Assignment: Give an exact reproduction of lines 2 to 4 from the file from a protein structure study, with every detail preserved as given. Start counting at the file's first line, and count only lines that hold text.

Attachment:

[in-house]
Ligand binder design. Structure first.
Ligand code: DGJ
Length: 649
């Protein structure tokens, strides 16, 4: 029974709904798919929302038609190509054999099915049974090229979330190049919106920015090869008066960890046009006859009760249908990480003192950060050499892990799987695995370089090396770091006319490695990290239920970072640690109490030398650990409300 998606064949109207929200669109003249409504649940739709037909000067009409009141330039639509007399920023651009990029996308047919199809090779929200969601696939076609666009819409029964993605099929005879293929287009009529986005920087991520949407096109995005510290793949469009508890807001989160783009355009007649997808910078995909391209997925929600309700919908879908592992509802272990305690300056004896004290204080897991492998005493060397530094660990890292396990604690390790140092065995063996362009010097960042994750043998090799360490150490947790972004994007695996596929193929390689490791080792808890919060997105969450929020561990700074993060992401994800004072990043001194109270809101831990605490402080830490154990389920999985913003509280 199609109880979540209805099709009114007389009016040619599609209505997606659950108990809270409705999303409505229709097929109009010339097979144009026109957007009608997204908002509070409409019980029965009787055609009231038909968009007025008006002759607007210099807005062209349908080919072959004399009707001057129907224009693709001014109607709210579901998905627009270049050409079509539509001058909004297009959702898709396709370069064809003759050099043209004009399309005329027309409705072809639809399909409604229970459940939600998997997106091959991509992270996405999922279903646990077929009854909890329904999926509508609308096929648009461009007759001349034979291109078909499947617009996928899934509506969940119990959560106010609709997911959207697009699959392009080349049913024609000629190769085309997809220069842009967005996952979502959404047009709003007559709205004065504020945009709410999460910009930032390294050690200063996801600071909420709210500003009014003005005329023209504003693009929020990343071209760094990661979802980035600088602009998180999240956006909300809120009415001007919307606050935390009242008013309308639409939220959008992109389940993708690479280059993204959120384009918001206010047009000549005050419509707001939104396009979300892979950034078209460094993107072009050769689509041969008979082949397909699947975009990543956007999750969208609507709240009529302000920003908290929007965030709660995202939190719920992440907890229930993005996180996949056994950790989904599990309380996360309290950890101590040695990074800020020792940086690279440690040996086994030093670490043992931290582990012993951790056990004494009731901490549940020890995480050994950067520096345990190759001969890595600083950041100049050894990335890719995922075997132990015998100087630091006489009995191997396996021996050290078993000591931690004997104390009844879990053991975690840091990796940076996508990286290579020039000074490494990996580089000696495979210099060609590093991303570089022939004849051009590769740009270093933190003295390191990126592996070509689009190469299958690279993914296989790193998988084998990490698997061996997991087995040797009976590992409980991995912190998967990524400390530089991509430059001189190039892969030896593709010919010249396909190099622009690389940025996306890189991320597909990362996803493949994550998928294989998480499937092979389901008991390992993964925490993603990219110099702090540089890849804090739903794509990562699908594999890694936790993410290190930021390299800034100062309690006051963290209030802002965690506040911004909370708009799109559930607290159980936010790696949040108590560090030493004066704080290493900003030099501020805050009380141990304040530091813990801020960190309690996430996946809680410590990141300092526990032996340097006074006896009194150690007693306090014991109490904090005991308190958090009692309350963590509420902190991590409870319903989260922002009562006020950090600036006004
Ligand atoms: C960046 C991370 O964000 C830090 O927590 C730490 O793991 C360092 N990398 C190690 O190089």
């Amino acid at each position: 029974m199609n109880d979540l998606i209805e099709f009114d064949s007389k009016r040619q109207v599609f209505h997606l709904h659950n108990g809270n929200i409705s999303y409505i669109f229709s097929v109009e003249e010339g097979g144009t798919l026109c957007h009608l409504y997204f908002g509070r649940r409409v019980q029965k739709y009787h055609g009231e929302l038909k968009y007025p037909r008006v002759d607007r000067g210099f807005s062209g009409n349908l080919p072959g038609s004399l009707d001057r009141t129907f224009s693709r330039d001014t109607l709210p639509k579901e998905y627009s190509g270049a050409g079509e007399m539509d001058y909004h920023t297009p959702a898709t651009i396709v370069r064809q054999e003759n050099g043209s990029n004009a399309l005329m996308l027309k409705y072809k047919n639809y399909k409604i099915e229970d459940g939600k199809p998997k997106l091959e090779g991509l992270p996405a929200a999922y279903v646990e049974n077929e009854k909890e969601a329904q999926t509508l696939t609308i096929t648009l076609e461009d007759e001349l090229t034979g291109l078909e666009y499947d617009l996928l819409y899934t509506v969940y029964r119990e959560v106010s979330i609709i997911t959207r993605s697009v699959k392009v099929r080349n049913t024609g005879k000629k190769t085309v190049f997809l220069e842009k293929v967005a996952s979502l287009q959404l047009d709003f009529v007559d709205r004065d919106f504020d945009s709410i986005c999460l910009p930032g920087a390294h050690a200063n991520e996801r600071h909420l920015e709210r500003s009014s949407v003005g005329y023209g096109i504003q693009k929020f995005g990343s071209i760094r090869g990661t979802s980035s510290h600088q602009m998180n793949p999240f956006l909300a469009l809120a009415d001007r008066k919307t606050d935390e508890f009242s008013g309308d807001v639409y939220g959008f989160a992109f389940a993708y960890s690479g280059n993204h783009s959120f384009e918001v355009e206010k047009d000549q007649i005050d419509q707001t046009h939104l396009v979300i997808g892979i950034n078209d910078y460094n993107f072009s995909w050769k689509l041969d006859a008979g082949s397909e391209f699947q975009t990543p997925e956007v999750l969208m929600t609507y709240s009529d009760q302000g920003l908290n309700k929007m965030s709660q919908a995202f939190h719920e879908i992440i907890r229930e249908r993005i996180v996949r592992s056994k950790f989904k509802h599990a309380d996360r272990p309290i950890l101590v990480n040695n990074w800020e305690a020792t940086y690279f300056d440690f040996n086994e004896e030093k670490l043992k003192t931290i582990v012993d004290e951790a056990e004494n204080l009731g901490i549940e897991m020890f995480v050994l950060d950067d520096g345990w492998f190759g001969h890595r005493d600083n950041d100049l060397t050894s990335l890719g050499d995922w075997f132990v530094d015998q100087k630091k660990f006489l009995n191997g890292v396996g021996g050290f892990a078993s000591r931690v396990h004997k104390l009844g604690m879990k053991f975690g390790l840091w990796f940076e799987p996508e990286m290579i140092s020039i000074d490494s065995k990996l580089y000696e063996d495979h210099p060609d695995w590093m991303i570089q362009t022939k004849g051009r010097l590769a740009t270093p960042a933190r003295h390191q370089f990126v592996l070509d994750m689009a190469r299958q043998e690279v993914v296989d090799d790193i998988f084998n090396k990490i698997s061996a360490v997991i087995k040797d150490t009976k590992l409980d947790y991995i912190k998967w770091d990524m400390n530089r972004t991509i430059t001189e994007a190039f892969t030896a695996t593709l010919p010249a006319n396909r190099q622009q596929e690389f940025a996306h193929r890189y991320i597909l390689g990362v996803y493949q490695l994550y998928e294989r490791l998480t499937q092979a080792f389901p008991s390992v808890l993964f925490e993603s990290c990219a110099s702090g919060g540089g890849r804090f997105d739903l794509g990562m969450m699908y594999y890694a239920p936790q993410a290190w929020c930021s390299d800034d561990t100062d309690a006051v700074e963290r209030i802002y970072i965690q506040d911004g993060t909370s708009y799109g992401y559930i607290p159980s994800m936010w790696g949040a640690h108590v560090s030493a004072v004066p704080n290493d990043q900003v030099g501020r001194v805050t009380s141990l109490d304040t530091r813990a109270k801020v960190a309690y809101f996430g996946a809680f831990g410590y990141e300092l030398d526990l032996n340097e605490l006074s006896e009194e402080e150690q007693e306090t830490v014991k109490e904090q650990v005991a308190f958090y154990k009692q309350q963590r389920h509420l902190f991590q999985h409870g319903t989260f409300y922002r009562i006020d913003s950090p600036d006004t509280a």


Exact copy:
Ligand binder design. Structure first.
Ligand code: DGJ
Length: 649